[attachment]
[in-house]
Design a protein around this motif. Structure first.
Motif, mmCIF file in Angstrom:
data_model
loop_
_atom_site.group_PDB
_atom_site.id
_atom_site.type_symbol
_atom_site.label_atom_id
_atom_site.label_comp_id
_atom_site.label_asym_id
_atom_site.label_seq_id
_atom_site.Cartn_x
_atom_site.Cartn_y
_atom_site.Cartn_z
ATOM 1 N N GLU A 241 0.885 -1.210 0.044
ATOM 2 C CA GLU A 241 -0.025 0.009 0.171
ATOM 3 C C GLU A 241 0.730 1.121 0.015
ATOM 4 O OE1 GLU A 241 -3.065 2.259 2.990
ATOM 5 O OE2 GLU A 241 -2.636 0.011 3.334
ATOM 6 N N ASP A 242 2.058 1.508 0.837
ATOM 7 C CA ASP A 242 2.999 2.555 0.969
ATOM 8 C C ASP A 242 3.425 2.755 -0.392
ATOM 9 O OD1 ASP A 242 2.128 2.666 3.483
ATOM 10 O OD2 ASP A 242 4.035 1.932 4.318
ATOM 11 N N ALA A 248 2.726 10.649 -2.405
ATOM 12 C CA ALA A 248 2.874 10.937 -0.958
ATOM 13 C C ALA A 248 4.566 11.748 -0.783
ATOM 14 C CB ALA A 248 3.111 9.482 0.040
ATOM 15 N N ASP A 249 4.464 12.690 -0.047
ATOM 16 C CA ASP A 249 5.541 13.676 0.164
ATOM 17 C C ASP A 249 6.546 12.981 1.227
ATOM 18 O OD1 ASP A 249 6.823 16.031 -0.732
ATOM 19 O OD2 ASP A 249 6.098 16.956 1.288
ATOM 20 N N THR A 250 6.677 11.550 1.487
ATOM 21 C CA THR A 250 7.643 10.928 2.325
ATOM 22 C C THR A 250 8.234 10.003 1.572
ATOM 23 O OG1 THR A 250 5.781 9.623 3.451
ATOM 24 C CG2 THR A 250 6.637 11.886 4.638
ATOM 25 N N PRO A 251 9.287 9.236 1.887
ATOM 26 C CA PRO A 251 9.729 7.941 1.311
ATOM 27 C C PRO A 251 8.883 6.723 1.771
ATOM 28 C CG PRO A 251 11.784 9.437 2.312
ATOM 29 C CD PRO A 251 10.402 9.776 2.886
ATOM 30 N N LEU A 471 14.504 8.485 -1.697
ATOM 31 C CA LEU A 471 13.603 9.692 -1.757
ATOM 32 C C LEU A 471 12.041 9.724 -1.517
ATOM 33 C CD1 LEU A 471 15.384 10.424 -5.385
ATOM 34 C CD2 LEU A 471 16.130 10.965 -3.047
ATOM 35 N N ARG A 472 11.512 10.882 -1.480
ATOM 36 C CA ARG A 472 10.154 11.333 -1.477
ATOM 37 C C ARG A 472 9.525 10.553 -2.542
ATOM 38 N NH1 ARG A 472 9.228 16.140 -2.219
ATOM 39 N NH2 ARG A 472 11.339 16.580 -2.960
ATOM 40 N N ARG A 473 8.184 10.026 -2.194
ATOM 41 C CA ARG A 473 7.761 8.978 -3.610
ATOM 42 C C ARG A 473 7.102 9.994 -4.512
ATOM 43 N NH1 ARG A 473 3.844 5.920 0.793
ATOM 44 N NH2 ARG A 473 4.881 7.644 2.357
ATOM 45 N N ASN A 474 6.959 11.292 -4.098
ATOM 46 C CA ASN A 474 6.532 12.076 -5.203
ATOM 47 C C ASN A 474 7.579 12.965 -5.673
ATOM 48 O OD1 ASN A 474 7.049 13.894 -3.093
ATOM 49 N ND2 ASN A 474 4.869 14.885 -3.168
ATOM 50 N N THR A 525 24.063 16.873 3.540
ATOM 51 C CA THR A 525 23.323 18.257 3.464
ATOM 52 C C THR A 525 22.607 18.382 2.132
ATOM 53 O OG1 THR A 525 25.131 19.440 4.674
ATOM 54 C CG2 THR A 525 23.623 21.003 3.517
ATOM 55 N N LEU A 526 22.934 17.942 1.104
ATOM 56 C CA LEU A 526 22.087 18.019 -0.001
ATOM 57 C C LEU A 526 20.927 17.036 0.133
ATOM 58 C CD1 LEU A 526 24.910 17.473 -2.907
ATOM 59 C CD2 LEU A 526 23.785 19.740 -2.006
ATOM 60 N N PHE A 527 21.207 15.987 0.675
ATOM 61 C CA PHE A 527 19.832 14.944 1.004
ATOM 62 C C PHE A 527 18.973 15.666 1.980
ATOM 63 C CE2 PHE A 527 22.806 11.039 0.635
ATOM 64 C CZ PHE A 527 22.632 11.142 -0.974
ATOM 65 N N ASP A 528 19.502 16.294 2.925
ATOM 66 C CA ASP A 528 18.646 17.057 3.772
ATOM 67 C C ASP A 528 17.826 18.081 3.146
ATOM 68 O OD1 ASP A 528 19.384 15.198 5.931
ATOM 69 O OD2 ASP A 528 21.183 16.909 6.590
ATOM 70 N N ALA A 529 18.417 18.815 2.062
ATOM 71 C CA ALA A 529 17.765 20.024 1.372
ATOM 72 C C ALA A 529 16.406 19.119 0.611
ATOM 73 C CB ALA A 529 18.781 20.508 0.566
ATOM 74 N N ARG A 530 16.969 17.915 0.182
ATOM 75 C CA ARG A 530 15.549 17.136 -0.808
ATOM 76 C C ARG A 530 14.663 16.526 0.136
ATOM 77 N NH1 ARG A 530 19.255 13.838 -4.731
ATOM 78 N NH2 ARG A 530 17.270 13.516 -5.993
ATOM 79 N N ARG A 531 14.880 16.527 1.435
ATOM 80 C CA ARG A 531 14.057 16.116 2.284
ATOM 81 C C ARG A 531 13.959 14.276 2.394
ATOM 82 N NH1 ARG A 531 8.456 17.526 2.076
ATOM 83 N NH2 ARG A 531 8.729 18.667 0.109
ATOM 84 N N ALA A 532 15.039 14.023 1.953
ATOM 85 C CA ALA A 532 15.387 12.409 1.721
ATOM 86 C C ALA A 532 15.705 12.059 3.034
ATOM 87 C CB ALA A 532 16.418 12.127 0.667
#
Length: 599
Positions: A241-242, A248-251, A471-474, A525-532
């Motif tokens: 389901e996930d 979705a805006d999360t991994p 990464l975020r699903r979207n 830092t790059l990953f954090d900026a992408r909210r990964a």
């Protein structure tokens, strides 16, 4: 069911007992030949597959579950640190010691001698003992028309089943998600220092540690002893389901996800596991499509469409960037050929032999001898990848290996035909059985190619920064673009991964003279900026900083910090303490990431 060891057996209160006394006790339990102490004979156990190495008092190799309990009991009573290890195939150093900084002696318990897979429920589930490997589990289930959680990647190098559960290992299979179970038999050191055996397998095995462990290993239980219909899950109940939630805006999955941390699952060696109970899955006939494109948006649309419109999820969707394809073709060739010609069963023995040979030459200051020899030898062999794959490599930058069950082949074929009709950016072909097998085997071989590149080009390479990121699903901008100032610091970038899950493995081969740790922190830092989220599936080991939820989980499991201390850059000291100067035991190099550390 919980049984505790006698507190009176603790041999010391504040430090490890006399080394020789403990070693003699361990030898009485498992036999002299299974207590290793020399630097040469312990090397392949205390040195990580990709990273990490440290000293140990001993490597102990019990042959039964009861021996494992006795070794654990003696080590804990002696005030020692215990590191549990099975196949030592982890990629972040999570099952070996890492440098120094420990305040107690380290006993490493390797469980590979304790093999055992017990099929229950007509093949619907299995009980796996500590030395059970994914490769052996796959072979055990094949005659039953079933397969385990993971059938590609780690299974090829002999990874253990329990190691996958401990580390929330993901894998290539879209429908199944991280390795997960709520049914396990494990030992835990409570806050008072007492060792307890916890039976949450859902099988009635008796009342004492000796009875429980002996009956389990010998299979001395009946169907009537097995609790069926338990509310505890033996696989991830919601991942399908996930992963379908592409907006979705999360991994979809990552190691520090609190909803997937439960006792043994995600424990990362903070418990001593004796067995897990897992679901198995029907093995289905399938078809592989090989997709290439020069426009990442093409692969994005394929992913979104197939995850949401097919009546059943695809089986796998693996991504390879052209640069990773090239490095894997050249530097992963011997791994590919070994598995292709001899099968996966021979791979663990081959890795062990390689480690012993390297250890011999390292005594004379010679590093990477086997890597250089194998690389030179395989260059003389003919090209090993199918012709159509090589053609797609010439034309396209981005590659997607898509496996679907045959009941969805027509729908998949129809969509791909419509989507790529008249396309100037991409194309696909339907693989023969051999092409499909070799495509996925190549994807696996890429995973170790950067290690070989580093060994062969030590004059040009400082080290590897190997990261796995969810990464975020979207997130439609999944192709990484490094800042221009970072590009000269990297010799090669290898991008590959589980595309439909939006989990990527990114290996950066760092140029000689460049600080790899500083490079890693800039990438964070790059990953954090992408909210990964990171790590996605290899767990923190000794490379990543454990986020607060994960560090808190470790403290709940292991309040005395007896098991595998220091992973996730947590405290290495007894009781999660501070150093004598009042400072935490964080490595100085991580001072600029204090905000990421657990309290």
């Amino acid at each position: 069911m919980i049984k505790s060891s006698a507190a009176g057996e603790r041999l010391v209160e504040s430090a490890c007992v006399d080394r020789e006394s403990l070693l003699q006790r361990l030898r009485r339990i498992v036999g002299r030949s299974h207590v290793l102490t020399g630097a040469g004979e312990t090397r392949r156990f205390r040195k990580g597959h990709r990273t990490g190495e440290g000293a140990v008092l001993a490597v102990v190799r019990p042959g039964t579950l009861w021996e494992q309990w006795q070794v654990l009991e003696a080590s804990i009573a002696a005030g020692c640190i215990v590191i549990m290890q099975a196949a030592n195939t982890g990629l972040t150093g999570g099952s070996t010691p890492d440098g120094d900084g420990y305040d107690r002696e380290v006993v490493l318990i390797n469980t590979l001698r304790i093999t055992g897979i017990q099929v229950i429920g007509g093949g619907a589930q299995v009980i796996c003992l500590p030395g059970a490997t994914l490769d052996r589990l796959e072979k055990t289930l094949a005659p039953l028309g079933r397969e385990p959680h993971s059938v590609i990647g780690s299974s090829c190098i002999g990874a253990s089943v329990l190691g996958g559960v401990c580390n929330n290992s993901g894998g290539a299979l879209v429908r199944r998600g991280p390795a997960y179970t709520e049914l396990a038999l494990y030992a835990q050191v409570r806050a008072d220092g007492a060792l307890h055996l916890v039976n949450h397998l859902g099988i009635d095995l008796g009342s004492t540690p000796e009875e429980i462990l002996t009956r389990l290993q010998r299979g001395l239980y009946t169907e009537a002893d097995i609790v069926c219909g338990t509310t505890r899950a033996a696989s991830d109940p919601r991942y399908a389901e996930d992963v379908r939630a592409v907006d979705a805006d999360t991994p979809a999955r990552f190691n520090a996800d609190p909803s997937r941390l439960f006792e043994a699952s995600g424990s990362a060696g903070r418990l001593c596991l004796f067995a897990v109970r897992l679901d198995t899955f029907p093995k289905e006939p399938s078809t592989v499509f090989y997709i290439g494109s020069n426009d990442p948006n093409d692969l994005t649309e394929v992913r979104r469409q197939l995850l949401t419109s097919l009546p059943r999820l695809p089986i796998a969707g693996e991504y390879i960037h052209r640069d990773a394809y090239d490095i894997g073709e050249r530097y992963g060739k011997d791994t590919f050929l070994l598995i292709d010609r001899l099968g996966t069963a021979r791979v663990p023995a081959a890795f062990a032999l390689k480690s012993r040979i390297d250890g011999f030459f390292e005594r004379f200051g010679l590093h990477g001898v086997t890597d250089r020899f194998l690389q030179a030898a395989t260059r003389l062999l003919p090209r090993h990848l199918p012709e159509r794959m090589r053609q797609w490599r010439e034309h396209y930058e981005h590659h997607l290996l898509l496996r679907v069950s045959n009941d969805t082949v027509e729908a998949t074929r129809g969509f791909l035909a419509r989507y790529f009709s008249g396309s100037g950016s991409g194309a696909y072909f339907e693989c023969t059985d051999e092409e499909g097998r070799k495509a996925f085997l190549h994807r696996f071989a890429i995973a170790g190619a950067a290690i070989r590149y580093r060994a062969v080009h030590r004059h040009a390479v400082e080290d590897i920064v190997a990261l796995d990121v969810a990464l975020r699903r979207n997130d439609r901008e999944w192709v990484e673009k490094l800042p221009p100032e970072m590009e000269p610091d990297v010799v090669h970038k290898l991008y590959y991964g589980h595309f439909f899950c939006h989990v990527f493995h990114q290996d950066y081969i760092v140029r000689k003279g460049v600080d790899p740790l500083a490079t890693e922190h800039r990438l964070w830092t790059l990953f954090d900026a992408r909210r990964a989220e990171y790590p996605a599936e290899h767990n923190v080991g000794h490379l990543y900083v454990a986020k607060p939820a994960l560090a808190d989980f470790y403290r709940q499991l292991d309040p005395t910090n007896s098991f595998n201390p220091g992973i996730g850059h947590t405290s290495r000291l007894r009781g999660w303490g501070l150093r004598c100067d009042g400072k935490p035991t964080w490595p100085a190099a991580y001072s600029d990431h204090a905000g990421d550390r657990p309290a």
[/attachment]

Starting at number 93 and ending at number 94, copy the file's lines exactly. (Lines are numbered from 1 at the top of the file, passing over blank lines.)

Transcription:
ATOM 78 N NH2 ARG A 530 17.270 13.516 -5.993
ATOM 79 N N ARG A 531 14.880 16.527 1.435